AM News: A Third "Alternative" HS For North Side Families

Thumbnail image for Thumbnail image for news2.gifChicago slated to launch new North Side high school Catalyst: The Audubon High School follows behind Alcott High School for the Humanities and Ogden International High School, both of which opened in fall 2009.  School District Facing $12M Debt Fox:  Illinois is now more than $1 billion behind in payments owed to school districts across the state because of the budget crisis. But what exactly does that mean for each individual school, for each individual student? FOX Chicago News went  inside one of the area's most financially-strapped school districts: Community Unit School District 300... Chicago Schools Use 'Risk Model' To Predict Student Violence NBC:  In Chicago, school officials have created a "risk model" to predict which students are likely to be the victims of gun violence... Upping Chicago's dismal graduation rates Chicago Reporter:  With only 50 percent of Chicago's kids graduating from high school and shockingly low college graduation rates for some predominately minority Chicago universities, we could use the help... Twenty-Four Options To Pare Down Chicago's Budget Deficit Progress Illinois:  The IG's options focus on cuts, from ending free sewer service for seniors, to eliminating an annual subsidy for World Business Chicago, to ceasing funding for neighborhood chambers of commerce and city tuberculosis clinics. But the biggest savings are seen in staff cuts at the Fire Department and changes at the Department of Streets and Sanitation. 

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  • It is going to be in an unused part of the Gordan Tech building, according to Audubon principal John Price.

  • In reply to SarahKarp:

    This is not true. I read on the gordon tech website that the sponsors of the school turned down the offer and are staying the same.

  • More high schools like this are needed on the north side. No, it is not ideal to attend a really small high school. But if the alternative is between a small, good high school or either 1) being in a position of having to pay for private high school or 2) having to attend a sub-par high school, most parents would take a small high school any day. As it stands, there are only 4-8 options that I would even consider for my own children. And really, of those 5 are truly desirable. That said, if my kids don't get into one of the SE high schools on the north side, we'd need a small local high school. Sullivan, Senn, Lakeview, Amundsen, and Roosevelt are not places I would allow my children to attend.

  • how come lakeview has never gotten that much better, if that's the case?
    it's not like the neighborhood hasn't been gentrified for a hundred years.

  • right -- that accounts for some of it, but still there's not enough room at these places like LPHS and the SEs, obviously -- so i'm wondering why they're not at least putting an IB program inside like they did at lincoln park. it's not pretty, i'm not saying it is, but easier than starting a whole nother school.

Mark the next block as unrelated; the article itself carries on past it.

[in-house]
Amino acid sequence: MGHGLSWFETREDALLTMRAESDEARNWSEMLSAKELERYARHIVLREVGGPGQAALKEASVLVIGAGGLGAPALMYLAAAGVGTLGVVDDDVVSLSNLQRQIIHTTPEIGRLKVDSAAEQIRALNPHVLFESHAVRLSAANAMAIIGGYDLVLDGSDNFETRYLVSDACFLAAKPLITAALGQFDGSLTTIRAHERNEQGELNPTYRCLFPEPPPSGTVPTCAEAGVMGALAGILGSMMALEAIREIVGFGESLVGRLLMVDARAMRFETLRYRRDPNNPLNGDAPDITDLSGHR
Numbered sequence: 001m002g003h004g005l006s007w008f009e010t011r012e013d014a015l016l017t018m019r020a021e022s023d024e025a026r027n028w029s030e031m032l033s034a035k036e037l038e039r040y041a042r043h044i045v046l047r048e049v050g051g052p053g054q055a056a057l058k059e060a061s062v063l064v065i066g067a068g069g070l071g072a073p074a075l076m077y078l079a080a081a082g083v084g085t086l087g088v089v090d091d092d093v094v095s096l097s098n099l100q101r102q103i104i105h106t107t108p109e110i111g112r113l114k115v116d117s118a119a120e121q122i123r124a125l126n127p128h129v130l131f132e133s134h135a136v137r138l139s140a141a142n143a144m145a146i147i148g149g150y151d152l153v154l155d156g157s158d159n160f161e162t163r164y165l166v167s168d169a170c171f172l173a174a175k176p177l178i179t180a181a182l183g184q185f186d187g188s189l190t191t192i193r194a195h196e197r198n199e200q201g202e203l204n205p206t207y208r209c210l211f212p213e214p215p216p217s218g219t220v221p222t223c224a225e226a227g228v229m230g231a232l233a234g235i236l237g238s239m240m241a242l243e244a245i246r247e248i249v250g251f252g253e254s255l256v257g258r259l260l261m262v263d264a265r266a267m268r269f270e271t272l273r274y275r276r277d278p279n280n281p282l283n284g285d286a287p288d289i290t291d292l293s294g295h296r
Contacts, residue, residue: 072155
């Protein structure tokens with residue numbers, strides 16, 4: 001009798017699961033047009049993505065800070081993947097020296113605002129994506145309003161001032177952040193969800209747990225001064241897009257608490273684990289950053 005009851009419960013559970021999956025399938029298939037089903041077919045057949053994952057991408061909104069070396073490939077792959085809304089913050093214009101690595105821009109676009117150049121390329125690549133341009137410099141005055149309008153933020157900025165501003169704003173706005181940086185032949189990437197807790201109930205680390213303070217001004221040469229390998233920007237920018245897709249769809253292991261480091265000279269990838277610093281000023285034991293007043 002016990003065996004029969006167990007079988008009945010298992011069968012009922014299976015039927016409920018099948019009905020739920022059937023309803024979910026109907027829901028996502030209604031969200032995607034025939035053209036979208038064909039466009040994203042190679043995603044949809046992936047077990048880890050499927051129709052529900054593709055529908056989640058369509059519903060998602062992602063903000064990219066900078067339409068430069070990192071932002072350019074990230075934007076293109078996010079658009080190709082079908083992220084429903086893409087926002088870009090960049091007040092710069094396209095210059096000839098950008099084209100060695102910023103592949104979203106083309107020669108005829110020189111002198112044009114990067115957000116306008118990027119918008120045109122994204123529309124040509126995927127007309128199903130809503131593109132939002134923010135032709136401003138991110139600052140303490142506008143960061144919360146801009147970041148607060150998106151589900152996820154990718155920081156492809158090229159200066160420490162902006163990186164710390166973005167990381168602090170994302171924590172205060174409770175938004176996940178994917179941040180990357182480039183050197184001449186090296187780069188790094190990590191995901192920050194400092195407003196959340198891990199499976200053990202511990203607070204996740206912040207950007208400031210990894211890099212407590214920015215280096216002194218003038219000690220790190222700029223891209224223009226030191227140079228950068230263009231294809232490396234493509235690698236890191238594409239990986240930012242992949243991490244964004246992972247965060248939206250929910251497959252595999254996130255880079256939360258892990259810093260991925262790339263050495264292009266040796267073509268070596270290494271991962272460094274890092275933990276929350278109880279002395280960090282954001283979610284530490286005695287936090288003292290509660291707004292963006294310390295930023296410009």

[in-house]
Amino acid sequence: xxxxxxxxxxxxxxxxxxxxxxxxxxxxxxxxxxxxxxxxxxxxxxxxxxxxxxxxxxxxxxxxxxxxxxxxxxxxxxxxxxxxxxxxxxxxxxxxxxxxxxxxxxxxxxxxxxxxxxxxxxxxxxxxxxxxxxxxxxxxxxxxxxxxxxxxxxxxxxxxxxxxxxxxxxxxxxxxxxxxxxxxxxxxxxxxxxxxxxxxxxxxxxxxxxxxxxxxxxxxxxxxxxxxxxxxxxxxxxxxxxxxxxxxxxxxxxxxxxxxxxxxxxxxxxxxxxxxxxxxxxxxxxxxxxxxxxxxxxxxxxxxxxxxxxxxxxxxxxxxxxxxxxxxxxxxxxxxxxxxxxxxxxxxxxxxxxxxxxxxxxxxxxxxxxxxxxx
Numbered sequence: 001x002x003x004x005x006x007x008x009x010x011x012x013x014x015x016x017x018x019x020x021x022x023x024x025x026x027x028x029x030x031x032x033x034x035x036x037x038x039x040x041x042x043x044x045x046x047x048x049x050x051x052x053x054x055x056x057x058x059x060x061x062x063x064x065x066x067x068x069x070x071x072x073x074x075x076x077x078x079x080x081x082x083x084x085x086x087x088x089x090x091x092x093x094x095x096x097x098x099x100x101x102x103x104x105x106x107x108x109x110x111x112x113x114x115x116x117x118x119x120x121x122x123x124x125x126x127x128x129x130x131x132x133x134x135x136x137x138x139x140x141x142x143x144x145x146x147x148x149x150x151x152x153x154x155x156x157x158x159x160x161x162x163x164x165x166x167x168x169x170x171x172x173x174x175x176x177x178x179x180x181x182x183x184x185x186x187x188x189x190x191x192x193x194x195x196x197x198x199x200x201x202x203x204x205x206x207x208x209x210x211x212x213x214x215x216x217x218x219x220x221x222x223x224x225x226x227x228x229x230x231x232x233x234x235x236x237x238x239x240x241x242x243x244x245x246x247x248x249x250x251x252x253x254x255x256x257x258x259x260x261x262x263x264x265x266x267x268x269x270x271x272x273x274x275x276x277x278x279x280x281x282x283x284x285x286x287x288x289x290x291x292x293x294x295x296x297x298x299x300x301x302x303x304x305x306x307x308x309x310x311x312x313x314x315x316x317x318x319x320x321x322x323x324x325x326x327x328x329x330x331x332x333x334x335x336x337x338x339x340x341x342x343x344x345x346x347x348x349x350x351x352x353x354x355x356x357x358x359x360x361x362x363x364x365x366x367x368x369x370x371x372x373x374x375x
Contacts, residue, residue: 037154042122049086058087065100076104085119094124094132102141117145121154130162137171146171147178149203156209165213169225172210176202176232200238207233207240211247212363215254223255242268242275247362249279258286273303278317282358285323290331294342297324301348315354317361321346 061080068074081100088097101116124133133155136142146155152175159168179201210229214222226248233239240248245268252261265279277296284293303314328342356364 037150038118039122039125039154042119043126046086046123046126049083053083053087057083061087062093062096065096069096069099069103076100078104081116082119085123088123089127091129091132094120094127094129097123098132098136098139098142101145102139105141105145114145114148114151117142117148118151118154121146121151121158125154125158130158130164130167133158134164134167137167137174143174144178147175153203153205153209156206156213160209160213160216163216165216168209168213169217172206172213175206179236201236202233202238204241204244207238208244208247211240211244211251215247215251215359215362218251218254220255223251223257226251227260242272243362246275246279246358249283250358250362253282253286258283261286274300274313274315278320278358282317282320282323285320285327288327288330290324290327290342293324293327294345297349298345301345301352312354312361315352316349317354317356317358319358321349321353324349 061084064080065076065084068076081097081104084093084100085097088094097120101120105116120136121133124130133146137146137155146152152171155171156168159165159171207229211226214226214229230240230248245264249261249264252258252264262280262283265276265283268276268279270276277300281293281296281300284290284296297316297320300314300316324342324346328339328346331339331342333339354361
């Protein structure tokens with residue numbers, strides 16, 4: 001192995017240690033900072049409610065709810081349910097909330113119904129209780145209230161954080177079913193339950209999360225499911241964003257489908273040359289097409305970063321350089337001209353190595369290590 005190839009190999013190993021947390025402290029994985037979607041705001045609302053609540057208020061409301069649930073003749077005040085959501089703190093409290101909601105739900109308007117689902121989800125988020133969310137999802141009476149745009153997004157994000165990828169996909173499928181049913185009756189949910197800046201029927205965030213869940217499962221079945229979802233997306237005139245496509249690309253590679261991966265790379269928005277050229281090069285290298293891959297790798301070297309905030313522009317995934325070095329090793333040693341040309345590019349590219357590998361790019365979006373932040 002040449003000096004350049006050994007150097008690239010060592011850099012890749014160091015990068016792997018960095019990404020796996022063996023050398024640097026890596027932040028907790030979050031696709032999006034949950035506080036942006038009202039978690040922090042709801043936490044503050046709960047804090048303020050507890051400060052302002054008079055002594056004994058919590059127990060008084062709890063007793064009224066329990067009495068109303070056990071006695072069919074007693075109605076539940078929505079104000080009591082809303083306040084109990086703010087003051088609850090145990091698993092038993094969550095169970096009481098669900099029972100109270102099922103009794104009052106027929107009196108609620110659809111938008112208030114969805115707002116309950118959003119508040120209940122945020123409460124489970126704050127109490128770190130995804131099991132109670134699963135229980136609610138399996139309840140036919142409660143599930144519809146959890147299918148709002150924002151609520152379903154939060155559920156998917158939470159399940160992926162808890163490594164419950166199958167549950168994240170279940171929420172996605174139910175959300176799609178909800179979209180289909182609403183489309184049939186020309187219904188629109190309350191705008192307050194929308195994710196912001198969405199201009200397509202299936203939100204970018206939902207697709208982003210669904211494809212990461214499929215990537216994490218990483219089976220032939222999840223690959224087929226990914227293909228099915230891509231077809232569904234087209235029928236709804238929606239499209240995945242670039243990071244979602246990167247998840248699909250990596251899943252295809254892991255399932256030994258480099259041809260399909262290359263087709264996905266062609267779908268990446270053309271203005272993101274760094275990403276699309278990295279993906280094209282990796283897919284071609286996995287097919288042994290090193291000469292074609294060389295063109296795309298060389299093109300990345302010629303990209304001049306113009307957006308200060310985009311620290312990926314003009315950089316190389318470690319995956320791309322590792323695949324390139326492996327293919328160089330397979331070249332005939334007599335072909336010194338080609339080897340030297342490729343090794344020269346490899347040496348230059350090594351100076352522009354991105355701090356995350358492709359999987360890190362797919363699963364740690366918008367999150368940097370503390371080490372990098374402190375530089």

• I thought CPS was broke? I thought it was all about reducing and controling costs, isn't that why the CPS asked teachers to take a pay cut. The math is simple, the smaller the school the greater the cost per student. The CPS annual financial audit lists cost per student and it is more than clear smaller schools cost more per student.

    We can argue that the outcomes for smaller high schools are better, but when you supposedly are going broke, in a state that is broke, it would seem that opening any new schools is a very bad idea in the current situation. We have empty seats in existing schools, even if many middle class families will not send their children to these schools CPS does not have the money to keep opening new schools whether they are charters, contract schools, or traditional schools such as the proposed Audubon High School located at Gordon Tech.

    By the way Gordon Tech has been having trouble recuriting students for some time in good part because working class parents can not or will not afford what the school costs, next year $8,500. Even if they get some aid from the Big Shoulders fund it is still expensive. Saint Ignatius College Prep is $12,400 a year relatively speaking Gordon Tech is not a great deal.

    Part of what we are seeing here is a bail out of the Catholic schools which are being destroyed by charters in Chicago. CICS rents numerous abandoned Catholic schools. Really this was what the voucher bill that failed in the Illinois General Assembly was all about. $8,500 is a lot of money for a working class family that clears maybe $40,000 a year between two working parents. It is about 21% of the after tax/ insurance income of that family.